Statement by India at the 71st World Health Assembly (21-26 May 2018) on Agenda Item: 11.1 on Draft thirteen general programme of work (2019-2023)

Statement by India at the 71st World Health Assembly (21-26 May 2018) on Agenda Item: 11.1 on Draft thirteen general programme of work (2019-2023)

Thank You Mr. Chair,

At the outset, India would like to commend the WHO Secretariat for the hard work put into drafting the 13th GPW.

Mr. Chair,

2. India would like to emphasize on the following points.

We support the proposals in the draft for flexible financing and increased assessed contributions. We believe that the Voluntary contributions should be untied which will help in addressing the current imbalance in which a few donors with significant tied contributions directly or indirectly influence program prioritization in WHO’s work.

On health emergencies, India seeks greater clarity on the extent and kind of support WHO can provide to countries in developing and strengthening their health emergency preparedness and response capabilities.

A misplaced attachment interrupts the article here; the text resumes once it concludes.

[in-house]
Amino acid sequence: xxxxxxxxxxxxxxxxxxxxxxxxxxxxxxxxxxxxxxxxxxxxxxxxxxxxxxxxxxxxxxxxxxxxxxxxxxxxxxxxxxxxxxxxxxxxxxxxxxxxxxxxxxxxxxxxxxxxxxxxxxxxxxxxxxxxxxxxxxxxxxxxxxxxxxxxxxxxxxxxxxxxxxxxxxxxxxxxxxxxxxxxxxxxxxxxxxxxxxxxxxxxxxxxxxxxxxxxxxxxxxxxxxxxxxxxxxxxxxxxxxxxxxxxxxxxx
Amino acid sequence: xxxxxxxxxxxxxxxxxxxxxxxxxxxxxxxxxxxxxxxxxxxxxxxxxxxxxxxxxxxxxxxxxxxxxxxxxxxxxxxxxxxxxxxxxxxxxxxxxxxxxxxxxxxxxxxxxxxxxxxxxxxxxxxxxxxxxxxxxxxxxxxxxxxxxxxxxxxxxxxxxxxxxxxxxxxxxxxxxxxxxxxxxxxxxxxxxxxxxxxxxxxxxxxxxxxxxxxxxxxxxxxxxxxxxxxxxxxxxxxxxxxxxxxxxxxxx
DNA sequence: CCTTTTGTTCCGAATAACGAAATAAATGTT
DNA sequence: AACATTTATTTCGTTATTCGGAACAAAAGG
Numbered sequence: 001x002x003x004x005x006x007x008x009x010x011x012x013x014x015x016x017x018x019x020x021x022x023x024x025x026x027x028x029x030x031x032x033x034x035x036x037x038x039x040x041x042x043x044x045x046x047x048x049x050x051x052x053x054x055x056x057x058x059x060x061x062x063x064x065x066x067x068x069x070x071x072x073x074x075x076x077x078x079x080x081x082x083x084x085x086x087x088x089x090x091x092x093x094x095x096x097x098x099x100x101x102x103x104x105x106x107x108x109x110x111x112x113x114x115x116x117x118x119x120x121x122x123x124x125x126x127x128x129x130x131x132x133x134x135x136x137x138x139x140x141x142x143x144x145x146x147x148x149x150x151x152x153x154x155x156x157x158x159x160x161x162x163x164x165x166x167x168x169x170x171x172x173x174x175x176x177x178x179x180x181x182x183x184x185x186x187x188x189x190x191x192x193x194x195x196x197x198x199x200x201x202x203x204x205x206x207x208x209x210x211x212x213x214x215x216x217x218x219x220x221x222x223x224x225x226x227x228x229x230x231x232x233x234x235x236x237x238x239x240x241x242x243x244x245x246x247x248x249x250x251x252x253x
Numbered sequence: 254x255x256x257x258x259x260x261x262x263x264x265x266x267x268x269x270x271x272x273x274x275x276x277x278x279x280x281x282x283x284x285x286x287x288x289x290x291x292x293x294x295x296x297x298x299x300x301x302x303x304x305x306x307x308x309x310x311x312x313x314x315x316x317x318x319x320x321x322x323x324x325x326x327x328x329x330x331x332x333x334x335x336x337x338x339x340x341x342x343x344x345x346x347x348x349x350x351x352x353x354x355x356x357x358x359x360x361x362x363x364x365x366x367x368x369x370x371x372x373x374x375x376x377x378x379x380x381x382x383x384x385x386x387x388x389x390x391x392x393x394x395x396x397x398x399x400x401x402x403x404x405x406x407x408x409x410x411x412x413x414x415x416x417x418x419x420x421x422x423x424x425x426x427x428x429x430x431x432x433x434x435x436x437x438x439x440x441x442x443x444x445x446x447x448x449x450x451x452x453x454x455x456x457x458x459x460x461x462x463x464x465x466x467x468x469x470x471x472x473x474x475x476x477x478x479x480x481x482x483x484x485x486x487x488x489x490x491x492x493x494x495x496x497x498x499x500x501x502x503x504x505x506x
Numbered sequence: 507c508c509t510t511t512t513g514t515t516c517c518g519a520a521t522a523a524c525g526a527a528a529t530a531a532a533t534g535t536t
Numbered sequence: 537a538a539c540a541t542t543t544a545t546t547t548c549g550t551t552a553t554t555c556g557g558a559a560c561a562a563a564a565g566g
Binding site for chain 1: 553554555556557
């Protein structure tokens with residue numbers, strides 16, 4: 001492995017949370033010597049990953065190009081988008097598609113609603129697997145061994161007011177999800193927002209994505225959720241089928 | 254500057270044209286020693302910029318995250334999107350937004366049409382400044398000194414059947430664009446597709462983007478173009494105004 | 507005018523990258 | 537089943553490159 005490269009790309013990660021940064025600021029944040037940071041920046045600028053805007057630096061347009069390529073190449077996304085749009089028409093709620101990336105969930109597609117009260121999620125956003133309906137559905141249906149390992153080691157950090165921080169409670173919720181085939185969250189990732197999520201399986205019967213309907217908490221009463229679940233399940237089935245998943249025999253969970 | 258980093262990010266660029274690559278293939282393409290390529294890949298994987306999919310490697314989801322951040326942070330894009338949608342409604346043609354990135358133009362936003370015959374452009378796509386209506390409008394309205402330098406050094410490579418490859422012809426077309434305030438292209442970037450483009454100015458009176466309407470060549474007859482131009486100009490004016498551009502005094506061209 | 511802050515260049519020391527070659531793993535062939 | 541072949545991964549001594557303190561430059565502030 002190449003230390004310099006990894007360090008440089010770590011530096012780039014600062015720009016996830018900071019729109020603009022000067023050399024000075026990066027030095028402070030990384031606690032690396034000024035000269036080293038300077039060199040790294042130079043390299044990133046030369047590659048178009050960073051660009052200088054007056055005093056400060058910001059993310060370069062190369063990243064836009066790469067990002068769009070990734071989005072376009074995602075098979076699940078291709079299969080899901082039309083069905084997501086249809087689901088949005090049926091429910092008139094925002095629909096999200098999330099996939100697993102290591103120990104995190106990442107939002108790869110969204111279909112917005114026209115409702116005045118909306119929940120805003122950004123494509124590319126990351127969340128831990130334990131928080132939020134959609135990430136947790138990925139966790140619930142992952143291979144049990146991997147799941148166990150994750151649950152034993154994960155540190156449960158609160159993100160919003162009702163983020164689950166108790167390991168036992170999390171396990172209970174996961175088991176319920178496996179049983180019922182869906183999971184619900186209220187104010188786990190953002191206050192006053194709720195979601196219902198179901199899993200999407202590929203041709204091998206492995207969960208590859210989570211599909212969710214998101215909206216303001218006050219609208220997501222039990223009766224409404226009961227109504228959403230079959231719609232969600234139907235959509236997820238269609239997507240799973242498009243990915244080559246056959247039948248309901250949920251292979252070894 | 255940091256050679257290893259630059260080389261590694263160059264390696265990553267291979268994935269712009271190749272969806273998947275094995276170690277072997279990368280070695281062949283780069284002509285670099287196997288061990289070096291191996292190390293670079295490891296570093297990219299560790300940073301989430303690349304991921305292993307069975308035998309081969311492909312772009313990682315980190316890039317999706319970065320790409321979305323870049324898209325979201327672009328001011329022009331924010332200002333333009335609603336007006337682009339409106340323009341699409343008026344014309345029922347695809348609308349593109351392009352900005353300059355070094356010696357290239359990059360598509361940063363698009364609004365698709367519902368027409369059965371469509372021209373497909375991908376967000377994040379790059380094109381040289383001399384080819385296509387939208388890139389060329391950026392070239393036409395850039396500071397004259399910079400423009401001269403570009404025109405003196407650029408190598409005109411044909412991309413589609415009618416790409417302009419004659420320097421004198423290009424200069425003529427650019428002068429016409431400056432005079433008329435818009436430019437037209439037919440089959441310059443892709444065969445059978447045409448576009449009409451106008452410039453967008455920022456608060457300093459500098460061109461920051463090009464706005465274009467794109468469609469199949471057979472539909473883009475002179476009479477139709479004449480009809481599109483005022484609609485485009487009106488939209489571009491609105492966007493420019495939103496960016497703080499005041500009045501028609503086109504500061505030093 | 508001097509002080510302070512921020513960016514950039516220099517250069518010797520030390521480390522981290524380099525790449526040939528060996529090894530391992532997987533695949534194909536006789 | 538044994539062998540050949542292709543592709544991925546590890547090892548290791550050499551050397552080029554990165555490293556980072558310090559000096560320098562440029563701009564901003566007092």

As regards the numerical target of 3 billion people in terms of the three strategic goals of the organization, my delegation would recommend setting targets in terms of countries and a focus on how many countries have strengthened health systems for ensuring UHC by a predetermined timeline.

India appreciates the stress given to WHO’s normative role in the draft. India believes that being the principal global body in the area of health, setting norms and standards and providing direction is the core role of WHO.

Lack of access to medicines and vaccines in the developing countries and LDCs is a major lacuna in the global health architecture.Promoting affordable and cost-effective health interventions is central to achievement of UHC with in the mandate of SDG3. Equitable access to essential and high quality medical products depend on their being affordable. We should avoid putting undue focus on profit at the cost of affordability and access.

There is a need to follow-up on the FENSA process. This is critical as a comprehensive conflict of interest policy covering both institutional and individual interests is yet to be developed.

Mr. Chair,

3. India is fully committed for a holistic implementation of the GPW.

Thank You.

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